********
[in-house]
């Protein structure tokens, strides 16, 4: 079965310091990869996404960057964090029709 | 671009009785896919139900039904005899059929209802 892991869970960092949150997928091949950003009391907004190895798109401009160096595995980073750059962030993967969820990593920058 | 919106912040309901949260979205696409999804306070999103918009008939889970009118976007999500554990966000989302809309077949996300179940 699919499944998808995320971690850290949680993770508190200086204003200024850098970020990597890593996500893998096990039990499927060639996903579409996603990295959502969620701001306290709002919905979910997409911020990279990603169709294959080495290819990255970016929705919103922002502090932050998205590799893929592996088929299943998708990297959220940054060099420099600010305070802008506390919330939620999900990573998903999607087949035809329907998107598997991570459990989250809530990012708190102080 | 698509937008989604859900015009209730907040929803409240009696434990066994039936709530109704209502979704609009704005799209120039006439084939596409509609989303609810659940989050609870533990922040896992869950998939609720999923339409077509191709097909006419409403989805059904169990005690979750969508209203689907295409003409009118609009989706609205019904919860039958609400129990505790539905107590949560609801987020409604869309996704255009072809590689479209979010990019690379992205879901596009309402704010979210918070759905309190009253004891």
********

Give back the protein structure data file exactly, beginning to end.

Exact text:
[in-house]
């Protein structure tokens, strides 16, 4: 079965310091990869996404960057964090029709 | 671009009785896919139900039904005899059929209802 892991869970960092949150997928091949950003009391907004190895798109401009160096595995980073750059962030993967969820990593920058 | 919106912040309901949260979205696409999804306070999103918009008939889970009118976007999500554990966000989302809309077949996300179940 699919499944998808995320971690850290949680993770508190200086204003200024850098970020990597890593996500893998096990039990499927060639996903579409996603990295959502969620701001306290709002919905979910997409911020990279990603169709294959080495290819990255970016929705919103922002502090932050998205590799893929592996088929299943998708990297959220940054060099420099600010305070802008506390919330939620999900990573998903999607087949035809329907998107598997991570459990989250809530990012708190102080 | 698509937008989604859900015009209730907040929803409240009696434990066994039936709530109704209502979704609009704005799209120039006439084939596409509609989303609810659940989050609870533990922040896992869950998939609720999923339409077509191709097909006419409403989805059904169990005690979750969508209203689907295409003409009118609009989706609205019904919860039958609400129990505790539905107590949560609801987020409604869309996704255009072809590689479209979010990019690379992205879901596009309402704010979210918070759905309190009253004891």